<div id="imageleft"><IMG SRC=".............." alt="blah blah"></div>
    <div id="image"><IMG SRC="..............." alt="blah blah"></div>

    The DIV scenario looks perfect in IE but was all over the place in Safari, whereas the table scenario looked fine in both.

    So <table> seems to be the best alternative, unless I totally screwed the DIV :eek:
  12. macrumors 68030


    There are many rules to CSS, this is a good example of where you must learn them. A floating object must have a defined width. A better way to do this might be this...

    div#header { height: 50px; } /* height of your images! */
    div#header img { float: left; width: auto; margin: 1px; }
    div#header img.img2 { margin-left: 30px; }
    <div id="header">
    <img src="" alt="" />
    <img class="img2" src="" alt="" />
  13. macrumors G3


    thanks for having that little conversation there, that actually makes some sense to me! :cool:
  14. Guest


    Is this the dreaded CSS 'box model' problem again? Basically CSS defines padding and margins one way (and that's the way Safari renders it). IE actual got the box model wrong so it's not actually compliant with the CSS specs. IMO IE's way of doing it makes more sense but that doesn't stop it being wrong.
  15. macrumors 6502a


    I'm making some progress on the design. I have the background correct, the three overlapping pictures correct (sans drop shadow). If someone a little more experienced than myself could indulge me, how can I make the 'comment' box in my posted design? Let's just give up on dynamic width and say it's 900 px wide. How can I make a nice box with an appropriate height around some text?

    I really appreciate everyone's comments. I can't seem to break into a real level of understanding with CSS. Html makes sense, and php makes sense. But CSS to me is just bizarre.
  16. macrumors 65816


    This isn't exactly what you were asking for, but in my opinion, CSS works best in combination with some script language like PHP where you could create (or overwrite) widths and heights of elements on the fly by using variables in your '... style="..."...' tags.

    Of course, this would mean you had to learn another language again, unless you already know it of course. ;)

    Personally, I love the things I can do with CSS. You complain about all the hacks you have to apply to make everything look fine in all modern browsers. However, there are endless possibilities and features you can create with a short snippet of code whereas HTML tables are a pain in the neck to use.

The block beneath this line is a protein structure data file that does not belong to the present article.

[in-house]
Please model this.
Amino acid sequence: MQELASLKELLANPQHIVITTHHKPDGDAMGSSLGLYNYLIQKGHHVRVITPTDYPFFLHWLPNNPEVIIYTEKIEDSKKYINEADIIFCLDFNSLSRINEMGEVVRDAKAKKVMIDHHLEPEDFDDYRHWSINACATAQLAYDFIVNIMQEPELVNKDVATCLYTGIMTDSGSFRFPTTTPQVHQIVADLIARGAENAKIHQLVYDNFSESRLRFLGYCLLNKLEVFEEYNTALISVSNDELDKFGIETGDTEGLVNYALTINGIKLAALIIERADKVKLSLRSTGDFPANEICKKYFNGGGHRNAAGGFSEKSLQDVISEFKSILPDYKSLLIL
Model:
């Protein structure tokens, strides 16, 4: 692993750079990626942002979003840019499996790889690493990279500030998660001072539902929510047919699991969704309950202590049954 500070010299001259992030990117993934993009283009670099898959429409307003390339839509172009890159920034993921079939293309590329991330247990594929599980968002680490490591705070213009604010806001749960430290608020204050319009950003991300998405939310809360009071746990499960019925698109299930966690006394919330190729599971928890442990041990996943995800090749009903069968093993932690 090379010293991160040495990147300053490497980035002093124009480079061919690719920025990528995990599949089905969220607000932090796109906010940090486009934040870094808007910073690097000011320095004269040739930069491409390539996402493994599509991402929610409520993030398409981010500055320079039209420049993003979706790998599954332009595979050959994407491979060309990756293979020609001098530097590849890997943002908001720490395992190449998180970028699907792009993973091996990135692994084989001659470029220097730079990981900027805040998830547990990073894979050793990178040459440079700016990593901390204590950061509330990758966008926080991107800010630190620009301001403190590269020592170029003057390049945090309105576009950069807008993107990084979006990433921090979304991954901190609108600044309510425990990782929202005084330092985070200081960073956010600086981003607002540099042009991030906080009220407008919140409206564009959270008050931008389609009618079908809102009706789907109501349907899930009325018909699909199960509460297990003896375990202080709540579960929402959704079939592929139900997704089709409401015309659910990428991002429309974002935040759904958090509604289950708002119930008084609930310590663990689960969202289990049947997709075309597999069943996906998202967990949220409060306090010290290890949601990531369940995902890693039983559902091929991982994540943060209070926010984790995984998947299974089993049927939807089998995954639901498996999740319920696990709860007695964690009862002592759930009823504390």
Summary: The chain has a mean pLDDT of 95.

For a good example of what you can do with CSS, check out - it's the same website over and over again with every version using a different stylesheet.

    Oh, and some of my own CSS'ed websites - /
  17. macrumors 68000


    Hey, thanks for that little snippet of information. :)
  18. macrumors member

    HTML -> quick to set up, pain to maintain
    HTML + CSS -> pain to set up, quick to maintain

    You won't be good with CSS until you have learned both the mechanical and intuitive side of it. Mechanical to get something up, intuitive to get it working.

    If you know some college math, HTML is like differentiation, CSS + HTML like integration. Differentiation is straightforward, just apply your standard methods and you're done. Integration is a b*tch because often there is no straightforward way and special tricks must be used in special situations, and it's partly intuitive figuring out what trick to use and how.

    But, anything done with tables can be done via CSS but not vice versa. In the long run, CSS lets you make nicer looking web-pages. I've done about ten CSS/HTML/Textpattern sites so far. Textpattern is a content management system with its own tags, another challenge on top of CSS but even easier then to maintain once all set up and debugged.

    So yes, CSS sucks to learn and compatibility issues between browsers causes half the time spent on the site applied towards debugging. But plain HTML sucks to look at and maintain, and isn't as flexible nor will it allow you to do certain precise formatting.

    Basically there's the Dreamweaver+HTML/Tables crowd of designers, and CSS/HTML/CMS/PHP crowd of designers. Among other crowds. I'm of the latter and do my all coding by hand. My only advice is, consider CSS like a boot camp...know that depressing struggle in the beginning will turn to semi-easy-fun once you finally get some intuitive handling of it all.